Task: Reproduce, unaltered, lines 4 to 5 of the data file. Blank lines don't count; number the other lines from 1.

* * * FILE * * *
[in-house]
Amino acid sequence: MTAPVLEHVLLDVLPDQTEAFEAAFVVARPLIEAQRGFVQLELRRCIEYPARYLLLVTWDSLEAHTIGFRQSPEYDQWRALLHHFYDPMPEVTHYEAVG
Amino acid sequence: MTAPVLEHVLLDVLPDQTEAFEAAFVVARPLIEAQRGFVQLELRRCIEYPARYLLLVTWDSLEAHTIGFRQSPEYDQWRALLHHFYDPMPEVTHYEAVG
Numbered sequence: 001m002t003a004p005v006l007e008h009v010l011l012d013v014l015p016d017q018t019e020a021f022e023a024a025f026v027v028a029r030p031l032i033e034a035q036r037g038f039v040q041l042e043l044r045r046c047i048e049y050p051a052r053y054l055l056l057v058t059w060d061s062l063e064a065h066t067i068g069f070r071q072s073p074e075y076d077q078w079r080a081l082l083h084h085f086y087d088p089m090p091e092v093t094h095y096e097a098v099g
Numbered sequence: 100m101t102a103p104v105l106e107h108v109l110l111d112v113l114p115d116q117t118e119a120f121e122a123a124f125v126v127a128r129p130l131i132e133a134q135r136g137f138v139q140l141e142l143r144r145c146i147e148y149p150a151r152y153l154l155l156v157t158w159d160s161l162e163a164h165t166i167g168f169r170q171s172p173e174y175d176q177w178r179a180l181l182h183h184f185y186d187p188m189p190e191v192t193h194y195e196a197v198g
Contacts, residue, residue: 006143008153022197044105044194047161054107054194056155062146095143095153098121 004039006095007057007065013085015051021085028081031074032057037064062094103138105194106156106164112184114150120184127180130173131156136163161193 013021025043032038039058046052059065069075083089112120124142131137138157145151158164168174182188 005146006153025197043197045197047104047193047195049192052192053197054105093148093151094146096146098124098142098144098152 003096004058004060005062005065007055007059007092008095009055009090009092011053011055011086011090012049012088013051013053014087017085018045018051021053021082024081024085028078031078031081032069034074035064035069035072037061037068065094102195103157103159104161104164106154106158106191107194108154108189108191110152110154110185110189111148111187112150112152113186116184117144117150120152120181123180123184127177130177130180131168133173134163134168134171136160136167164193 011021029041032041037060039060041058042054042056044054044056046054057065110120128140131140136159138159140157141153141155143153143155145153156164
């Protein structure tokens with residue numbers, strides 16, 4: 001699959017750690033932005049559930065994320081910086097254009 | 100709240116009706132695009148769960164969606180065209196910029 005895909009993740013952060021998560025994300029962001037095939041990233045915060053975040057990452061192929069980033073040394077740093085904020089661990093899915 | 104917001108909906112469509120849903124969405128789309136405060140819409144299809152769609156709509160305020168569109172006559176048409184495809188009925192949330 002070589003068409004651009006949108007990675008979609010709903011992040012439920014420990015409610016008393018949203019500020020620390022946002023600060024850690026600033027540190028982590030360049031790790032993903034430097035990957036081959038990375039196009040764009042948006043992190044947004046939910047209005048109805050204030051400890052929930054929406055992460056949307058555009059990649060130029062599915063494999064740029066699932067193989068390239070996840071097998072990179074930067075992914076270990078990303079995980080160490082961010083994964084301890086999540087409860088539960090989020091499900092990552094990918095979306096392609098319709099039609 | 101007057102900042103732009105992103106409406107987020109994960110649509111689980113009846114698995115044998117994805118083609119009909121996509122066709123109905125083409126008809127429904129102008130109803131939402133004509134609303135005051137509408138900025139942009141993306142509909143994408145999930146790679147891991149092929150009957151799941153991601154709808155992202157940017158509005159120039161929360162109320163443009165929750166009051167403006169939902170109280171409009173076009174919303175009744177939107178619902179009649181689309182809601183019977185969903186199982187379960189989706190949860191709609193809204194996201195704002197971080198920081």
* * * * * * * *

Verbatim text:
Numbered sequence: 001m002t003a004p005v006l007e008h009v010l011l012d013v014l015p016d017q018t019e020a021f022e023a024a025f026v027v028a029r030p031l032i033e034a035q036r037g038f039v040q041l042e043l044r045r046c047i048e049y050p051a052r053y054l055l056l057v058t059w060d061s062l063e064a065h066t067i068g069f070r071q072s073p074e075y076d077q078w079r080a081l082l083h084h085f086y087d088p089m090p091e092v093t094h095y096e097a098v099g
Numbered sequence: 100m101t102a103p104v105l106e107h108v109l110l111d112v113l114p115d116q117t118e119a120f121e122a123a124f125v126v127a128r129p130l131i132e133a134q135r136g137f138v139q140l141e142l143r144r145c146i147e148y149p150a151r152y153l154l155l156v157t158w159d160s161l162e163a164h165t166i167g168f169r170q171s172p173e174y175d176q177w178r179a180l181l182h183h184f185y186d187p188m189p190e191v192t193h194y195e196a197v198g